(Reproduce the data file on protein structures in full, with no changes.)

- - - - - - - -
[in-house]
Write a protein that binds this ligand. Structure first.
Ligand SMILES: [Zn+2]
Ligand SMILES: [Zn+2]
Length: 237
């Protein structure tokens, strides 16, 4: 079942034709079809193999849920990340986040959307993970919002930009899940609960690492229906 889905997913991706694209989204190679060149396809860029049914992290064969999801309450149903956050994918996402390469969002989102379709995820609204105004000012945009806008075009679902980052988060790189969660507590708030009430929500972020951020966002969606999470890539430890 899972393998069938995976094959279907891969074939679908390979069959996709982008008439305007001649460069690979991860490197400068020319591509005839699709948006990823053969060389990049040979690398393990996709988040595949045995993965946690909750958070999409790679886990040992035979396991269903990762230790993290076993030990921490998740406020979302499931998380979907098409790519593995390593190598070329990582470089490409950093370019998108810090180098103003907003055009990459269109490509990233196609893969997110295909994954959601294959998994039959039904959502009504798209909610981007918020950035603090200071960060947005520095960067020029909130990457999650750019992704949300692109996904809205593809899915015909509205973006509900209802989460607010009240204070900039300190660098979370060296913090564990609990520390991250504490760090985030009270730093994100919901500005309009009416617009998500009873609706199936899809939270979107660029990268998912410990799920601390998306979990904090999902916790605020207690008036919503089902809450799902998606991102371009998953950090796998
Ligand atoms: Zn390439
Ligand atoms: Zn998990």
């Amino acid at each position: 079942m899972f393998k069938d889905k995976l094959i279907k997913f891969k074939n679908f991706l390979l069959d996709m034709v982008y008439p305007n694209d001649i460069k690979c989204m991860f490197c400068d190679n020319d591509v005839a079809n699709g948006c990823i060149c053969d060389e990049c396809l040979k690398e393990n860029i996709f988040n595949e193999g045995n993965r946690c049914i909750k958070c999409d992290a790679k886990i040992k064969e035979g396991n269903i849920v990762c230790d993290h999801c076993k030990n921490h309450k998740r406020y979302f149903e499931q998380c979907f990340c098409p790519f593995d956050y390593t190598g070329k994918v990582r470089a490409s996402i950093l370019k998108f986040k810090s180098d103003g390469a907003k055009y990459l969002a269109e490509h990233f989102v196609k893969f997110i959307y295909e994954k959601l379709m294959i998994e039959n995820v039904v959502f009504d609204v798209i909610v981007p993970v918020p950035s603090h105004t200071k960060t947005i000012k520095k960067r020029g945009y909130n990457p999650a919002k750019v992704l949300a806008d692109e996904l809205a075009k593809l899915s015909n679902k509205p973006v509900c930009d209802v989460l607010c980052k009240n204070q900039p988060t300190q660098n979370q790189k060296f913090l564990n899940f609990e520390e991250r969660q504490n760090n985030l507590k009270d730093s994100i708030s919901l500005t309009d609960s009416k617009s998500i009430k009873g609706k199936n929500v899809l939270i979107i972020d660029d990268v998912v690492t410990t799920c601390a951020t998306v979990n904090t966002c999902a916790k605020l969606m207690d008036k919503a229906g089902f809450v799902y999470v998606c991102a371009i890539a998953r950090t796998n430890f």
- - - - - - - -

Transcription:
[in-house]
Write a protein that binds this ligand. Structure first.
Ligand SMILES: [Zn+2]
Ligand SMILES: [Zn+2]
Length: 237
């Protein structure tokens, strides 16, 4: 079942034709079809193999849920990340986040959307993970919002930009899940609960690492229906 889905997913991706694209989204190679060149396809860029049914992290064969999801309450149903956050994918996402390469969002989102379709995820609204105004000012945009806008075009679902980052988060790189969660507590708030009430929500972020951020966002969606999470890539430890 899972393998069938995976094959279907891969074939679908390979069959996709982008008439305007001649460069690979991860490197400068020319591509005839699709948006990823053969060389990049040979690398393990996709988040595949045995993965946690909750958070999409790679886990040992035979396991269903990762230790993290076993030990921490998740406020979302499931998380979907098409790519593995390593190598070329990582470089490409950093370019998108810090180098103003907003055009990459269109490509990233196609893969997110295909994954959601294959998994039959039904959502009504798209909610981007918020950035603090200071960060947005520095960067020029909130990457999650750019992704949300692109996904809205593809899915015909509205973006509900209802989460607010009240204070900039300190660098979370060296913090564990609990520390991250504490760090985030009270730093994100919901500005309009009416617009998500009873609706199936899809939270979107660029990268998912410990799920601390998306979990904090999902916790605020207690008036919503089902809450799902998606991102371009998953950090796998
Ligand atoms: Zn390439
Ligand atoms: Zn998990």
């Amino acid at each position: 079942m899972f393998k069938d889905k995976l094959i279907k997913f891969k074939n679908f991706l390979l069959d996709m034709v982008y008439p305007n694209d001649i460069k690979c989204m991860f490197c400068d190679n020319d591509v005839a079809n699709g948006c990823i060149c053969d060389e990049c396809l040979k690398e393990n860029i996709f988040n595949e193999g045995n993965r946690c049914i909750k958070c999409d992290a790679k886990i040992k064969e035979g396991n269903i849920v990762c230790d993290h999801c076993k030990n921490h309450k998740r406020y979302f149903e499931q998380c979907f990340c098409p790519f593995d956050y390593t190598g070329k994918v990582r470089a490409s996402i950093l370019k998108f986040k810090s180098d103003g390469a907003k055009y990459l969002a269109e490509h990233f989102v196609k893969f997110i959307y295909e994954k959601l379709m294959i998994e039959n995820v039904v959502f009504d609204v798209i909610v981007p993970v918020p950035s603090h105004t200071k960060t947005i000012k520095k960067r020029g945009y909130n990457p999650a919002k750019v992704l949300a806008d692109e996904l809205a075009k593809l899915s015909n679902k509205p973006v509900c930009d209802v989460l607010c980052k009240n204070q900039p988060t300190q660098n979370q790189k060296f913090l564990n899940f609990e520390e991250r969660q504490n760090n985030l507590k009270d730093s994100i708030s919901l500005t309009d609960s009416k617009s998500i009430k009873g609706k199936n929500v899809l939270i979107i972020d660029d990268v998912v690492t410990t799920c601390a951020t998306v979990n904090t966002c999902a916790k605020l969606m207690d008036k919503a229906g089902f809450v799902y999470v998606c991102a371009i890539a998953r950090t796998n430890f």